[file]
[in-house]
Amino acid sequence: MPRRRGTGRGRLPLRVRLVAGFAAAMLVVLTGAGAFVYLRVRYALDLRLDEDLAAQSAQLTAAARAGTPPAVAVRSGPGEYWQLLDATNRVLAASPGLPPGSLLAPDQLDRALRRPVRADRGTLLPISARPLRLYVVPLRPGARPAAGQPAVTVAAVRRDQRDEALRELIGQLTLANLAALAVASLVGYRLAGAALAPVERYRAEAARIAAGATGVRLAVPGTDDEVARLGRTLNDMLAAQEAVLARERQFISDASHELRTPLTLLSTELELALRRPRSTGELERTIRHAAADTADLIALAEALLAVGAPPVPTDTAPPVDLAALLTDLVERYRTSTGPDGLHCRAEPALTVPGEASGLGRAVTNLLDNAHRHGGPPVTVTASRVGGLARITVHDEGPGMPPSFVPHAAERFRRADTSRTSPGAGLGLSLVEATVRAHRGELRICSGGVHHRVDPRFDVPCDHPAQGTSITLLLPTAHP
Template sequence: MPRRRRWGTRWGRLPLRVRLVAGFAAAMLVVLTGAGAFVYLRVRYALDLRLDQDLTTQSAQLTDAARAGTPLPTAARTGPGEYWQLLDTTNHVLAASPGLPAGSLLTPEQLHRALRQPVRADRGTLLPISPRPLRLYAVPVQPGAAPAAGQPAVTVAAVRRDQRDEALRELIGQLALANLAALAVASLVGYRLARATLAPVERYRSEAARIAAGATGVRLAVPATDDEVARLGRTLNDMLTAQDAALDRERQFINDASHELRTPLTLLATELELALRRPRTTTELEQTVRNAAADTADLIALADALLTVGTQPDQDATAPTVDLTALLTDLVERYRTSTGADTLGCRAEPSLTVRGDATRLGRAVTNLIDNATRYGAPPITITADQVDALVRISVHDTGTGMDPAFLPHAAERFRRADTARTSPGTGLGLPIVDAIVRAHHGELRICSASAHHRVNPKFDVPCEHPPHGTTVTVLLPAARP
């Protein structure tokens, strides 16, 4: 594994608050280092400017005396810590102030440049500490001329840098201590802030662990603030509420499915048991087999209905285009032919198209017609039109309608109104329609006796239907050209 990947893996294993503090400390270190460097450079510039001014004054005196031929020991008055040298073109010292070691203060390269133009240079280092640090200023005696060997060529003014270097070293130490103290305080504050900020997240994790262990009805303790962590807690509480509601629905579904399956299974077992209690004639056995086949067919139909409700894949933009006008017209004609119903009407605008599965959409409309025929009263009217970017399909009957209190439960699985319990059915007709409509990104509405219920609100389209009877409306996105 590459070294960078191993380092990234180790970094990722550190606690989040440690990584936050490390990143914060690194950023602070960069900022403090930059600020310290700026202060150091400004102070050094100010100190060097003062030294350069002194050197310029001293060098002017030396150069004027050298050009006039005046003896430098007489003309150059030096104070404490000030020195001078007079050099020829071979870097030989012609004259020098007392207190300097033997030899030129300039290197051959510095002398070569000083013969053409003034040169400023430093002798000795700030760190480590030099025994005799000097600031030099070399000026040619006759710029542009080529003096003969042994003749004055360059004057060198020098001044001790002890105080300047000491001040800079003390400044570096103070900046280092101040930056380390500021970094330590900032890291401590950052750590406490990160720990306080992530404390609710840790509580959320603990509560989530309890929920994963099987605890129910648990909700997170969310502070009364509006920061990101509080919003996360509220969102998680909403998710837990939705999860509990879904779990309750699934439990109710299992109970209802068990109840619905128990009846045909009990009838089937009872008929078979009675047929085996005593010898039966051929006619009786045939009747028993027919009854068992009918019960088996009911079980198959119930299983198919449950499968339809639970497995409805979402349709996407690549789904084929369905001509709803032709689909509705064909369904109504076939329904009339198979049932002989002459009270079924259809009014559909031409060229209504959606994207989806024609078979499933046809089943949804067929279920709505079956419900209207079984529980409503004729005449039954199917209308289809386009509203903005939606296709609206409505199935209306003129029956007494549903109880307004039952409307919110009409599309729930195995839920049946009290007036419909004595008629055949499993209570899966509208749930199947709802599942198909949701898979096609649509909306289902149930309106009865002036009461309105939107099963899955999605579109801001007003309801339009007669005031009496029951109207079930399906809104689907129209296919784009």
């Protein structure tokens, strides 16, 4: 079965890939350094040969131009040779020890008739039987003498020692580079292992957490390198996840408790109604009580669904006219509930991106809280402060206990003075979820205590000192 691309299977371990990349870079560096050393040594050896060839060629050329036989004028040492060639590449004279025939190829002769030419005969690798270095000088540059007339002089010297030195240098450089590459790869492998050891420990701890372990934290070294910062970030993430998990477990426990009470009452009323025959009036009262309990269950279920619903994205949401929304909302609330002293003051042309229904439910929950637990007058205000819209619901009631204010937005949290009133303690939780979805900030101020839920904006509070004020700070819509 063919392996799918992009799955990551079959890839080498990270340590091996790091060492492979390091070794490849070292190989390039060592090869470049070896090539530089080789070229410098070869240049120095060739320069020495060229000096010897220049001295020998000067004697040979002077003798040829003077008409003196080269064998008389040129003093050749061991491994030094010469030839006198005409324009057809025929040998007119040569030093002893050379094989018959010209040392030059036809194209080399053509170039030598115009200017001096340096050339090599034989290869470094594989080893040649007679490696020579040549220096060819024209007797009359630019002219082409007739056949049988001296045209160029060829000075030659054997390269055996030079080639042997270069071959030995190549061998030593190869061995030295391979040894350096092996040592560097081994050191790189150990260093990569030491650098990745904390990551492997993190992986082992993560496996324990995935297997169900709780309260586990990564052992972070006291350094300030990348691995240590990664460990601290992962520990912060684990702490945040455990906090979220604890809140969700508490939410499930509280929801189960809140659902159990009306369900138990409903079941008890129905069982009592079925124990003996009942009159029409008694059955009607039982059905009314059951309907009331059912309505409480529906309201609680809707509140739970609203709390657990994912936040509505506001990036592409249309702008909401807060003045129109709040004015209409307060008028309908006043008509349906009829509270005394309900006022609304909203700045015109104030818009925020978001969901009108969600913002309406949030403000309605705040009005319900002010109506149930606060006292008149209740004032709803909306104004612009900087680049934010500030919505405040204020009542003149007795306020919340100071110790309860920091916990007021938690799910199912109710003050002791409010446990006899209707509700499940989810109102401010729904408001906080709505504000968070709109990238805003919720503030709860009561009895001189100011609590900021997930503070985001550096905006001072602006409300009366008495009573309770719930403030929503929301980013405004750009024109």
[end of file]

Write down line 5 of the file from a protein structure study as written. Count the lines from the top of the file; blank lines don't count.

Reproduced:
């Protein structure tokens, strides 16, 4: 079965890939350094040969131009040779020890008739039987003498020692580079292992957490390198996840408790109604009580669904006219509930991106809280402060206990003075979820205590000192 691309299977371990990349870079560096050393040594050896060839060629050329036989004028040492060639590449004279025939190829002769030419005969690798270095000088540059007339002089010297030195240098450089590459790869492998050891420990701890372990934290070294910062970030993430998990477990426990009470009452009323025959009036009262309990269950279920619903994205949401929304909302609330002293003051042309229904439910929950637990007058205000819209619901009631204010937005949290009133303690939780979805900030101020839920904006509070004020700070819509 063919392996799918992009799955990551079959890839080498990270340590091996790091060492492979390091070794490849070292190989390039060592090869470049070896090539530089080789070229410098070869240049120095060739320069020495060229000096010897220049001295020998000067004697040979002077003798040829003077008409003196080269064998008389040129003093050749061991491994030094010469030839006198005409324009057809025929040998007119040569030093002893050379094989018959010209040392030059036809194209080399053509170039030598115009200017001096340096050339090599034989290869470094594989080893040649007679490696020579040549220096060819024209007797009359630019002219082409007739056949049988001296045209160029060829000075030659054997390269055996030079080639042997270069071959030995190549061998030593190869061995030295391979040894350096092996040592560097081994050191790189150990260093990569030491650098990745904390990551492997993190992986082992993560496996324990995935297997169900709780309260586990990564052992972070006291350094300030990348691995240590990664460990601290992962520990912060684990702490945040455990906090979220604890809140969700508490939410499930509280929801189960809140659902159990009306369900138990409903079941008890129905069982009592079925124990003996009942009159029409008694059955009607039982059905009314059951309907009331059912309505409480529906309201609680809707509140739970609203709390657990994912936040509505506001990036592409249309702008909401807060003045129109709040004015209409307060008028309908006043008509349906009829509270005394309900006022609304909203700045015109104030818009925020978001969901009108969600913002309406949030403000309605705040009005319900002010109506149930606060006292008149209740004032709803909306104004612009900087680049934010500030919505405040204020009542003149007795306020919340100071110790309860920091916990007021938690799910199912109710003050002791409010446990006899209707509700499940989810109102401010729904408001906080709505504000968070709109990238805003919720503030709860009561009895001189100011609590900021997930503070985001550096905006001072602006409300009366008495009573309770719930403030929503929301980013405004750009024109």